Evening in the Blue Ridge by Todd Henson

Evening in the Blue Ridge

You just never know what a scene will look like when you travel any distance from your home. Sometimes it’s less than you might have hoped for. Other times it far exceeds your expectations. But it’s always worth bringing along a camera, just in case.

Today’s image (click on it for a larger view) was created in March of 2015 just after 6 in the evening. We had spent the day elsewhere but decided to head home by way of Skyline Drive through Shenandoah National Park in Virginia. This road weaves over the top of the Blue Ridge Mountains in the park, offering many scenic pull offs. There are also many miles of trails if you have enough time to hike or camp.

This particular evening had a nice mix of clouds in the sky and a few lower lying clouds hovering in the valleys. The sun was low and the light was shaped by and sometimes blocked by the various clouds.

I had originally bracketed the shot so I could process it as a high dynamic range photograph to capture as much tonal range in the shadows and highlights. Then I converted it to black and white and performed some dodging and burning to lighten and darken different areas of the image, bringing out the textures of the mountain slopes and the clouds.

I think it worked reasonably well. Let me know what you think. Maybe you would have processed it a bit differently?

Autumn Cherry Trees, Washington, D.C. by Todd Henson

Cherry trees along the Tidal Basin during autumn, with the Washington Monument in the background. Washington, D.C.

This is an image I created a number of years ago during early November, when the leaves on the cherry trees in Washington, D.C. change color. These trees are most visited during spring when they are full of beautiful cherry blossoms, but as you can see they are also beautiful in autumn.

The Washington Monument is visible in the center of the image, and the water is known as the Tidal Basin, around which are several other monuments. I was fortunate to photograph a jogger under the trees to the left.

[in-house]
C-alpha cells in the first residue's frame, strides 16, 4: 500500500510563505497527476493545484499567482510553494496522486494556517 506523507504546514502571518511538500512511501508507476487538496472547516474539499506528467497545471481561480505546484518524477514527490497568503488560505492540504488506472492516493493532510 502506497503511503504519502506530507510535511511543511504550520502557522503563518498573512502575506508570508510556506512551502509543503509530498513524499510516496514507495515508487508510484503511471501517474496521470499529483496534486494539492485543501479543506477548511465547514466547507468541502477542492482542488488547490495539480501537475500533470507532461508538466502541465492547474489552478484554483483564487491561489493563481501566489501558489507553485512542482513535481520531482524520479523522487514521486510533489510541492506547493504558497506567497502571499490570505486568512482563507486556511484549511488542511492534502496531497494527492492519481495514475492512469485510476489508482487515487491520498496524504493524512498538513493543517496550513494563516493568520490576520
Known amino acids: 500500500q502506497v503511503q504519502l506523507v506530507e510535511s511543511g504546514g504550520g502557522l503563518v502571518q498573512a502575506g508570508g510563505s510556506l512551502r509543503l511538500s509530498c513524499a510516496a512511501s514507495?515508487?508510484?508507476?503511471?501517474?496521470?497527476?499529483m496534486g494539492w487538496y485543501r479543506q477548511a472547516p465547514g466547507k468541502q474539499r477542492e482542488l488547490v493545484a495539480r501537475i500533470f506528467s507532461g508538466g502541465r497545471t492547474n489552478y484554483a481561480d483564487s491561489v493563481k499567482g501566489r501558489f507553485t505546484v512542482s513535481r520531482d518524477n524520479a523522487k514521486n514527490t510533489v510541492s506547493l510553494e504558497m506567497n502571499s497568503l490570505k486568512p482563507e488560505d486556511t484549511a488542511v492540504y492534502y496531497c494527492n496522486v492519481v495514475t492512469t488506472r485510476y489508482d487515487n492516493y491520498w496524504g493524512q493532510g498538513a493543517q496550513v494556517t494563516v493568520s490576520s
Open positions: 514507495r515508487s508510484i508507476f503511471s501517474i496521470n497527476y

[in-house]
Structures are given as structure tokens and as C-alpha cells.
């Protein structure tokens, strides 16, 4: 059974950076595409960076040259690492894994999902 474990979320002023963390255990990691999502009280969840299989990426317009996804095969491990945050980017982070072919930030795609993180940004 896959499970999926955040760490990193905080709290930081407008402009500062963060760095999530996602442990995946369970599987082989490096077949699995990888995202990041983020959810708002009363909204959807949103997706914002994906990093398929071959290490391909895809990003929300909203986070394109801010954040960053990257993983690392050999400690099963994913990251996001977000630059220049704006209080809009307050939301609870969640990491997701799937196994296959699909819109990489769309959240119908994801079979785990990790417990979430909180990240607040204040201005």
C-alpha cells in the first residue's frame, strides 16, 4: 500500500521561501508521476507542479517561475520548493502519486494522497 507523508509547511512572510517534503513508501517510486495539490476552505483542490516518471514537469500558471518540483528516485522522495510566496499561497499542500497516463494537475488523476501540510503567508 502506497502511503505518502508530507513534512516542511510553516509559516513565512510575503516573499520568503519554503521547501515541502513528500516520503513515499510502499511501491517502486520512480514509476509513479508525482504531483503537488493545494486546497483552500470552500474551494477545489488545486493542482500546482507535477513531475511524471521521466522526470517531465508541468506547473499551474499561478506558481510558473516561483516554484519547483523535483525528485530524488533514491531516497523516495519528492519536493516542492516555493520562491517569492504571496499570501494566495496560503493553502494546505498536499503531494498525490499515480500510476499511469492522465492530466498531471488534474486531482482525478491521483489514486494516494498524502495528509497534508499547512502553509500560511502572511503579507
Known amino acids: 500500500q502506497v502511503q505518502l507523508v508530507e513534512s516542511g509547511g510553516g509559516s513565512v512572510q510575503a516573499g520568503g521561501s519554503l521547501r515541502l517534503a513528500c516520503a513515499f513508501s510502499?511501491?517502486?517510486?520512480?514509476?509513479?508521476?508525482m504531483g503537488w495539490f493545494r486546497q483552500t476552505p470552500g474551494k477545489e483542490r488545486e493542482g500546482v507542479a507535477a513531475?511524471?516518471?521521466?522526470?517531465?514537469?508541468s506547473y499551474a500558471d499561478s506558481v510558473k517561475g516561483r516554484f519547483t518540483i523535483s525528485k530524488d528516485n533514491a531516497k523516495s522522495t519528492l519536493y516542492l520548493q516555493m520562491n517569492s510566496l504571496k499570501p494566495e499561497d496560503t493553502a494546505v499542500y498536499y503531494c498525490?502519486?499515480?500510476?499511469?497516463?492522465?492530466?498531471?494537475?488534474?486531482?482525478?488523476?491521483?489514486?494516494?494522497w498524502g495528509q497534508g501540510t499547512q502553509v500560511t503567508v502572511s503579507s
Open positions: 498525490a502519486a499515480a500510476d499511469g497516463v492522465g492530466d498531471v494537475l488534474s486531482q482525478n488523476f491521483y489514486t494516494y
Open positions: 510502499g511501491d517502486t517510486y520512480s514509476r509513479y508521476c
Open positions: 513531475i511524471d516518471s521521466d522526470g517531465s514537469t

Looking at the image now, years after creating it, I can see things I would do differently. If I could go back I would try to frame the image a little more to the left, showing more of the closest tree handing over the water, which would also move the Washington Monument out of the center and more to the right. I think that might make for a stronger composition.

It’s good to learn from your older photos. Study them. Decide whether or not they work. If they do work do you know why? Can you use this to create more images that work? If they don’t work, why not? How could you improve them? What would you do differently?

Keep these lessons in mind next time you go out shooting and look for ways to apply them. Learn from your past work and keep growing as a photographer. And never forget to keep having fun!


Great Blue Heron in a Tree by Todd Henson

A Great Blue Heron landed in a tree right along the trail.

Great Blue Heron are common enough in this area that I’ve photographed them many times. But I never tire of them, and I’m always on the look out for new opportunities. Sometimes I don’t have to look far.

My first image of the heron shows how the eyes are able to see below. It very likely knew we were there; it just wasn't bothered by us.

We were hiking in a nearby wildlife refuge, one I’ve spent a lot of time exploring. Just as we walked under a lone tree between two wetland areas we heard a squawk and a rustle of wings as a Great Blue Heron flew over and landed atop the tree we were walking under.

We froze. Most herons I encounter here are skittish and will fly away when you get too close. As you can see from the photo shot through tree branches, we were almost directly below the heron. We slowly moved to get a better view and the heron stayed where it was, seemingly ignoring us.

I walked back the way we’d come to position myself on the sunlit side of the tree, still moving slowly to avoid spooking the heron. It proved very patient, letting me position myself and create a series of photographs. As I shot I noticed it making quiet guttural sounds, and could see its throat moving to the sounds. It was an interesting behavior, one the photographs didn’t really capture.

Closeup of the Great Blue Heron's head as it watches the nearby wetlands.

Eventually, we moved on, leaving the heron in peace. As luck would have it the heron flew off not long after we’d moved on. I turned around to watch when I heard it fly off, but wasn’t able to capture any images of it. Maybe next time.

Great Blue Heron in a tree, with its head tilted slightly in my direction.



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